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ASEM-FMM Passes Tianjin Initiative

The Sixth Finance Ministers' Meeting of the Asia-Europe Meeting (ASEM-FMM) passed the Tianjin Initiative on Closer ASEM Economic and Financial Cooperation on Sunday in north China's port city of Tianjin. Following is the full text of the document:  



1. The Sixth ASEM Finance Ministers' Meeting (ASEM FMM) was held in Tianjin, China, on 26 June 2005. In line with the spirit of the Hanoi Declaration on Closer ASEM Economic Partnership adopted by ASEM Leaders in October 2004 and the theme of the Sixth ASEM FMM, Closer ASEM Economic and Financial Cooperation, Ministers discussed broad issues and agreed to issue the Tianjin Initiative on Closer ASEM Economic and Financial Cooperation, to strengthen the ASEM economic and financial cooperation through enhanced policy dialogue, technical assistance, and exploration of new approaches in further enhancing the ASEM ties with a long term vision.




2. Ministers reviewed the progress of the activities and initiatives under the ASEM FMM process and called on joint ASEM efforts in further strengthening the economic and financial cooperation in the following areas:


I The ASEM Trust Fund (ATF)


3. Established in 1998, the ASEM Trust Fund (ATF) was aimed at providing technical assistance to the Asian countries affected by the financial crisis, helping them to make economic recoveries. With the joint contributions from Asia and Europe (with the EC and some EU members countries as the major contributors) and managed by the World Bank, the ATF has run two phases with contributions totaled US$82 million (around US$44 million for ATF I and US$38 million for ATF II). ATF II is to be closed at the end of 2006. It is the shared ASEM view that the ATF has provided timely support to the Asian countries concerned in responding to the crisis and contributed to the social development and poverty reduction. ATF has also served as an effective platform for enhancing mutual understanding and complementing respective comparative advantages between Asia and Europe.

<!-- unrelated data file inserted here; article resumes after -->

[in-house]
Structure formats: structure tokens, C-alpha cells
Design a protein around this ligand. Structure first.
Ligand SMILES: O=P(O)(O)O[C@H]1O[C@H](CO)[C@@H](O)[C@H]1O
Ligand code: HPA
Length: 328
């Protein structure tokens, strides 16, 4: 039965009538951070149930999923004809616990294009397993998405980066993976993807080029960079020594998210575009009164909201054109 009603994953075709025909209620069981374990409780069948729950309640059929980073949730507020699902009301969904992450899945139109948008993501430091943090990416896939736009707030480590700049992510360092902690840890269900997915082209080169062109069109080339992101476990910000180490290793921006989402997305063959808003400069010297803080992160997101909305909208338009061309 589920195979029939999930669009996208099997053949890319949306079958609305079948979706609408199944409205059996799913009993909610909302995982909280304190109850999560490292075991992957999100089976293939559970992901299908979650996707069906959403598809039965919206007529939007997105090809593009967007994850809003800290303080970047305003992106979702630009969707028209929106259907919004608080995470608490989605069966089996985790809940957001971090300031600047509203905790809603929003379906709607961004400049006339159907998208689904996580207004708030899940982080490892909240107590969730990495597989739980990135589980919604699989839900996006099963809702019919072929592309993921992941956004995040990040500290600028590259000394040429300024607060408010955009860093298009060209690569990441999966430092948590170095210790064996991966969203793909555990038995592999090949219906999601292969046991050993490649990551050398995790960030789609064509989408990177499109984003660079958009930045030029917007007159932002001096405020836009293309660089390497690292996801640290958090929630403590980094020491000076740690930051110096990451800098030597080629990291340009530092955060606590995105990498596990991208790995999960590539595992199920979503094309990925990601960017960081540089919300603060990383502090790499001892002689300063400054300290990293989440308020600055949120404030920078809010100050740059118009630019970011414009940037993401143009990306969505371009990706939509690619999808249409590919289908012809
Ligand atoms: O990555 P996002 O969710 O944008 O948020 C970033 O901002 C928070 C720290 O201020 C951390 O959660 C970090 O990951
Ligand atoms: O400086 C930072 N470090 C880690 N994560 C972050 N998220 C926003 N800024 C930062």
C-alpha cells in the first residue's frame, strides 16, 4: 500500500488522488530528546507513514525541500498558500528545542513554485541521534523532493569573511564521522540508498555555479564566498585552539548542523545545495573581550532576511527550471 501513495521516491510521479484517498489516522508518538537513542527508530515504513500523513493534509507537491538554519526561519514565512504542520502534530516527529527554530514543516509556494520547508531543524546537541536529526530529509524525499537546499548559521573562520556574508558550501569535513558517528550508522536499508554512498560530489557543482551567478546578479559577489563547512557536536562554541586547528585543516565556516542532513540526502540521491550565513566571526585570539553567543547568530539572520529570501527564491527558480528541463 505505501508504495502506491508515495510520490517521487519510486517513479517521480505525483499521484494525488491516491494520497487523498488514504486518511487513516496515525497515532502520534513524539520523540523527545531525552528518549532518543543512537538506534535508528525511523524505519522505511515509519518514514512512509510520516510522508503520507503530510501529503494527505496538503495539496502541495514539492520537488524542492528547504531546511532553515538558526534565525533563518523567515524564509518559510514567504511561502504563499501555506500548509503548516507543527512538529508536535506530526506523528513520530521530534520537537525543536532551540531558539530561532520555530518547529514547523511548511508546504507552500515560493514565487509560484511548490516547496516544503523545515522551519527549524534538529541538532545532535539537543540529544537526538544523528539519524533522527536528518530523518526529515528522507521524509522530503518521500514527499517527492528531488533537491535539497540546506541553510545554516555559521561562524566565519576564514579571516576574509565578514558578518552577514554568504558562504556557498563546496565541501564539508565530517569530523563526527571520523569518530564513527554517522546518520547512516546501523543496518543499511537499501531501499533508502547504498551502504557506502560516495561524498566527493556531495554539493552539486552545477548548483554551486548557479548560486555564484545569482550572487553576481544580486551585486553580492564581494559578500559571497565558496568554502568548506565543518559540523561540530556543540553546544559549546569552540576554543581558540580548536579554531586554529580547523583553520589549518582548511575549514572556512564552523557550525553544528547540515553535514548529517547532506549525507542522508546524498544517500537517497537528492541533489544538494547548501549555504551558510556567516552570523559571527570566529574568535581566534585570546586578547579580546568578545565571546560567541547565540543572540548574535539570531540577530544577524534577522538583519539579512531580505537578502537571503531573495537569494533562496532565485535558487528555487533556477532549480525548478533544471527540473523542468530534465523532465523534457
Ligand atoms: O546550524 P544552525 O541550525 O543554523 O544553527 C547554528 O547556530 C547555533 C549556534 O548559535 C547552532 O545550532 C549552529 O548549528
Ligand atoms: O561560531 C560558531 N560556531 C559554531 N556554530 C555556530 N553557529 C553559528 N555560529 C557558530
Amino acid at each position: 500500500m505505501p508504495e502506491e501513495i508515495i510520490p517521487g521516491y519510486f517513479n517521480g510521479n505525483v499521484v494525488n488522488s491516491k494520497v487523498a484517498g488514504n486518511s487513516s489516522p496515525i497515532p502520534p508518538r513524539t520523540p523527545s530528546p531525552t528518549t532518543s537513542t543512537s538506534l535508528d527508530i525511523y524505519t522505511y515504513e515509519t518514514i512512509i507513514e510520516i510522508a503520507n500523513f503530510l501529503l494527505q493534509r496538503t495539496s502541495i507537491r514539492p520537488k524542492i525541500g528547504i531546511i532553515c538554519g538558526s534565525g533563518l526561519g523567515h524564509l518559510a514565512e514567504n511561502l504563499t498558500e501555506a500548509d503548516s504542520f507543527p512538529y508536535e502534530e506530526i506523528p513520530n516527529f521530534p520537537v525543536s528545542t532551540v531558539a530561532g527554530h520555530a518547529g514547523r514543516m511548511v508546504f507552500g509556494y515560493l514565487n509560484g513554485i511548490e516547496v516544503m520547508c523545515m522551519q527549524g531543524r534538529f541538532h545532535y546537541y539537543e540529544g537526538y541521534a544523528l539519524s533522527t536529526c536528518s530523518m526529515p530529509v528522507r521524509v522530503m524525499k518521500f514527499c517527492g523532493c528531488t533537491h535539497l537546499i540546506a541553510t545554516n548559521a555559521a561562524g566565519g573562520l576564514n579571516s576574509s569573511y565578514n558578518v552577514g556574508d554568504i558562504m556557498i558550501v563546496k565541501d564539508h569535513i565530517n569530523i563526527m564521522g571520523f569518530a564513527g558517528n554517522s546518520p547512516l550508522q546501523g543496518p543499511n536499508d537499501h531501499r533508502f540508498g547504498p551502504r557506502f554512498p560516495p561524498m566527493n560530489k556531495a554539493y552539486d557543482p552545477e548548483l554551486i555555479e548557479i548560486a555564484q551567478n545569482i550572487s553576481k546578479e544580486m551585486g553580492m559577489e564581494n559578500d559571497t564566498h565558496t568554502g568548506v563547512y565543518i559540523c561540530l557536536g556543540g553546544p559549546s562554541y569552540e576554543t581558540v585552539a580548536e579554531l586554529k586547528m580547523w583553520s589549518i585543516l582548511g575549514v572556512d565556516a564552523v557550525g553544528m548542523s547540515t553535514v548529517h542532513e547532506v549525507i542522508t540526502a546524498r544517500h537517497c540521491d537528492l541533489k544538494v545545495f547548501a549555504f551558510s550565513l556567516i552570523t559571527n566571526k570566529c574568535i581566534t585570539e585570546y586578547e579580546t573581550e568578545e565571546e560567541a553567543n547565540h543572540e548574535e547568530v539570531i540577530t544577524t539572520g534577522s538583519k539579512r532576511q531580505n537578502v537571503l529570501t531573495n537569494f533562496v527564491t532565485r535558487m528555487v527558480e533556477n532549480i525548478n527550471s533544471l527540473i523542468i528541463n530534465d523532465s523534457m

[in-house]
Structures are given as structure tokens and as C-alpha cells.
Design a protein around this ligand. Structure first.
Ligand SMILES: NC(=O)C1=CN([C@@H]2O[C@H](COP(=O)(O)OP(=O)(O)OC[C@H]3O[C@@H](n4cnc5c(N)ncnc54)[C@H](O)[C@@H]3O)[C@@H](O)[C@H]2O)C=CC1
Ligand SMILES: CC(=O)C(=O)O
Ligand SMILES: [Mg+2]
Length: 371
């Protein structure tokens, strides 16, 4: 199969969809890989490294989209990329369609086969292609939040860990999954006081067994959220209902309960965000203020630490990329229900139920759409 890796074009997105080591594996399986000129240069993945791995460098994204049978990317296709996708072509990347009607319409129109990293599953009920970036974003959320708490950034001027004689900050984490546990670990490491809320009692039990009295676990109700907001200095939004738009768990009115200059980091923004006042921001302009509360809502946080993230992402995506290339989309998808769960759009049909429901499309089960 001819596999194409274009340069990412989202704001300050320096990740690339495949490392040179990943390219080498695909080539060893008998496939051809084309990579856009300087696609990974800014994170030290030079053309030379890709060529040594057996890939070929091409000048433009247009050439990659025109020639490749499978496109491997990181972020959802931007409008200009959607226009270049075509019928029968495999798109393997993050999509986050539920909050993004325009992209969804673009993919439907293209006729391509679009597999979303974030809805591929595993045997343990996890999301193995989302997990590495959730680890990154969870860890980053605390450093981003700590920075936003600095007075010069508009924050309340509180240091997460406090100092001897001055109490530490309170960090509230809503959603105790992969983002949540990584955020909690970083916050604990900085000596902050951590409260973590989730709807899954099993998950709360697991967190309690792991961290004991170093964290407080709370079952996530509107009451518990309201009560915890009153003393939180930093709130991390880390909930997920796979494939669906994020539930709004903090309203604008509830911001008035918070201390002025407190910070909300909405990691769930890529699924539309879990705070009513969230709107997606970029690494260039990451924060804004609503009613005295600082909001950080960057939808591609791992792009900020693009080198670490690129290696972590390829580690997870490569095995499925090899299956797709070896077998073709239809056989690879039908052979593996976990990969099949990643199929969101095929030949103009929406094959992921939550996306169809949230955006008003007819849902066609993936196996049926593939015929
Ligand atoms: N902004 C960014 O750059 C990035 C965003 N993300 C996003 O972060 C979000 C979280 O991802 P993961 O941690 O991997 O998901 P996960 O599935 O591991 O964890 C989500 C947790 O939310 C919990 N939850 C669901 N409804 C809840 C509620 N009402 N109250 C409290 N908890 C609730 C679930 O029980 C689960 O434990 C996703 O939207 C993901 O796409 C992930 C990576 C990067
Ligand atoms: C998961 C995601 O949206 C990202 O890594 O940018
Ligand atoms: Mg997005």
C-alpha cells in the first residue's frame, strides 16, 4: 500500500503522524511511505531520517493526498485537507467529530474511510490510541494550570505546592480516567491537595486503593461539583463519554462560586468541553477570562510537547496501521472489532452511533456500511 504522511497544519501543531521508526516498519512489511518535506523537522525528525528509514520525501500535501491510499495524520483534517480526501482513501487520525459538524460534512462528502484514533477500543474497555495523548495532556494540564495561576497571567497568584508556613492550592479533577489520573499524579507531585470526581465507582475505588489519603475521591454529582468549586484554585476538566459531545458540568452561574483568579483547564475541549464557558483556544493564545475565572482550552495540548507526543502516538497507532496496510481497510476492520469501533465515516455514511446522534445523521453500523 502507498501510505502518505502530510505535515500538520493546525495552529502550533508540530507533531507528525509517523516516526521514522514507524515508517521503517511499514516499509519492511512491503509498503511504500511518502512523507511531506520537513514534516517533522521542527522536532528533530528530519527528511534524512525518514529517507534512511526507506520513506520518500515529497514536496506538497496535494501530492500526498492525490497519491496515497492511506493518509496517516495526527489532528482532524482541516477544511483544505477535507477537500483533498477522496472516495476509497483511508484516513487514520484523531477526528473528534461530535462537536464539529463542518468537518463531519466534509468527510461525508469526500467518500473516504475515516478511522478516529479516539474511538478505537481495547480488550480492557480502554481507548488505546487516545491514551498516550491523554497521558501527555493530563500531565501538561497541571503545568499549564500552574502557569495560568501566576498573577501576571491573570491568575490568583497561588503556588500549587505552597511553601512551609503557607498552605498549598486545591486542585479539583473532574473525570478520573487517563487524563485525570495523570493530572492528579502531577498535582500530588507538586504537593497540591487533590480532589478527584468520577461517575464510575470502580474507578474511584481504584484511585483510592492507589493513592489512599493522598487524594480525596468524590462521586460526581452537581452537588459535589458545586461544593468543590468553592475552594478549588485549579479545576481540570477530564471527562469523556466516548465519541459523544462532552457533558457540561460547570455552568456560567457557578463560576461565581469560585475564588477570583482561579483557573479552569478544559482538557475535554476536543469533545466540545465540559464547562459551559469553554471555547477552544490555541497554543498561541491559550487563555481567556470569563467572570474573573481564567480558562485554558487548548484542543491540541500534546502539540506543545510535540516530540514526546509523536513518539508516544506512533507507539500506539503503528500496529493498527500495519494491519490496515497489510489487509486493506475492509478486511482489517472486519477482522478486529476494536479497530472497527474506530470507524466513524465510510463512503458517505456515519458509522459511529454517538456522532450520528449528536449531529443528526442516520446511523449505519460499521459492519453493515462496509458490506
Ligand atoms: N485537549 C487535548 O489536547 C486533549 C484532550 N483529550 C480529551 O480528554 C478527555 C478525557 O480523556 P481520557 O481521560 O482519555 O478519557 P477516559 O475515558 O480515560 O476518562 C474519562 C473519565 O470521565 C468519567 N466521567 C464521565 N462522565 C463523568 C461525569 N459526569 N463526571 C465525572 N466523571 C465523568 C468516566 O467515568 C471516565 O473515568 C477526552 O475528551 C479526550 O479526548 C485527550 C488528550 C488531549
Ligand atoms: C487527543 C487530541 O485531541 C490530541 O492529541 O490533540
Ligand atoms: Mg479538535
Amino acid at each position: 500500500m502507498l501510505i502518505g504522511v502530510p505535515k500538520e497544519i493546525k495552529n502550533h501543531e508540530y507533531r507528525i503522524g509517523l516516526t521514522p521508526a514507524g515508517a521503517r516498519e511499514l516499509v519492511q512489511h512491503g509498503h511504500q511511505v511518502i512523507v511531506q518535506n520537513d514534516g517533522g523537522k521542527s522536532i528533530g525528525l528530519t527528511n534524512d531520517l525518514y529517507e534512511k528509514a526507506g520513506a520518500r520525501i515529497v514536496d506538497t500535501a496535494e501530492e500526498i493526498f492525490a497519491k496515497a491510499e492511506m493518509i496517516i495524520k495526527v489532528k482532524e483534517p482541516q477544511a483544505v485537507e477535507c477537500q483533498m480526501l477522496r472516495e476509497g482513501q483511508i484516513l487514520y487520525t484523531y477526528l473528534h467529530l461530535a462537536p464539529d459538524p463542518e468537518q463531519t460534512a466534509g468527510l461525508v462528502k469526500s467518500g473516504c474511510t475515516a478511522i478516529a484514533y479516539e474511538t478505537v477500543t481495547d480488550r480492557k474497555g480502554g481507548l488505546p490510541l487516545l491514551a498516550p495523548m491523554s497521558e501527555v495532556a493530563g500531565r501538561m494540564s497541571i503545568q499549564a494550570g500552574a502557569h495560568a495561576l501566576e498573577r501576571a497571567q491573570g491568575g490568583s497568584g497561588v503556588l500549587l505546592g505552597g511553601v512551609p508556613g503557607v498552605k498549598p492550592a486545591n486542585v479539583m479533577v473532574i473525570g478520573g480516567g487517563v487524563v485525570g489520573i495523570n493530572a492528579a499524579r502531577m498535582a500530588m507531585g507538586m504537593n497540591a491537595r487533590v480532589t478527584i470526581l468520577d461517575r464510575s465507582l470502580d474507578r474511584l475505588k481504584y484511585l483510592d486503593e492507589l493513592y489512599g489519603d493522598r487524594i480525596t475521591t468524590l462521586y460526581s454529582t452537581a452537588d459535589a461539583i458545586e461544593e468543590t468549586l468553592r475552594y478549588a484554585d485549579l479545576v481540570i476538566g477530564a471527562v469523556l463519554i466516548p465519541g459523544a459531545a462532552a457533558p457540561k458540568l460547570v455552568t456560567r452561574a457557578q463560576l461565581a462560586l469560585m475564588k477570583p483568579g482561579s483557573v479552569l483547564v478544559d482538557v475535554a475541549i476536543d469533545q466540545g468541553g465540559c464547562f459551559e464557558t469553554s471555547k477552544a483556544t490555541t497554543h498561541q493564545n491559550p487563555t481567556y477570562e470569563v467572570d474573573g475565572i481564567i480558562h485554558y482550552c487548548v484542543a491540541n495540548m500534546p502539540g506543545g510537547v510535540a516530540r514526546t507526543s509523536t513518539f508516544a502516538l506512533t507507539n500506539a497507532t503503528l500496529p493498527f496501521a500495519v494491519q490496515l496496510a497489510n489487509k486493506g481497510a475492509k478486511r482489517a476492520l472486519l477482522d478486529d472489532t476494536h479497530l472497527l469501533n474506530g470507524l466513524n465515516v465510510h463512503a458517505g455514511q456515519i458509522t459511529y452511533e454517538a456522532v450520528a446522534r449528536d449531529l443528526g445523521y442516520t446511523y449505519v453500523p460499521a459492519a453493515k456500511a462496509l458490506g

4. Ministers reaffirmed the important role of ATF in enhancing financial cooperation between Asia and Europe. A similar funding modality could play an important role in facilitating the two regions to respond to the new challenges brought about by globalization. This possible funding modality should be an effective platform in order to benefit both regions in the long term. The active participation by both Asia and Europe in a new partnership should be considered based on new emerging needs.


5. Ministers approved the Deputies' proposal to undertake a thorough review of the ATF by taking stock of the experiences of the two phases and to explore the options for a future funding modality. This will take into account the reviews of the current ATF. 


II Strengthening Capacity Building Between Asia and Europe


6. Capacity building has been one of the priority areas in the ASEM FMM process. It helps the developing members with institutional building and human resources development in better responding to the challenges brought about by globalization. It promotes the complementarity of the comparative advantages of Asia and Europe, and narrows down the development gap between the developing and developed members, towards the long-term goal of achieving the common prosperity of both continents. The initiatives under the ASEM FMM, such as the ATF proposed by the UK in 1998, the EFEX (the European Financial Expertise Network) proposed by the EU in 1998, the "Kobe Research Project" proposed by Japan in 2001, the public debt management forum proposed by Thailand in 2001, and the Bali Initiative proposed by Indonesia in 2003, have all contributed to the capacity building of the developing members.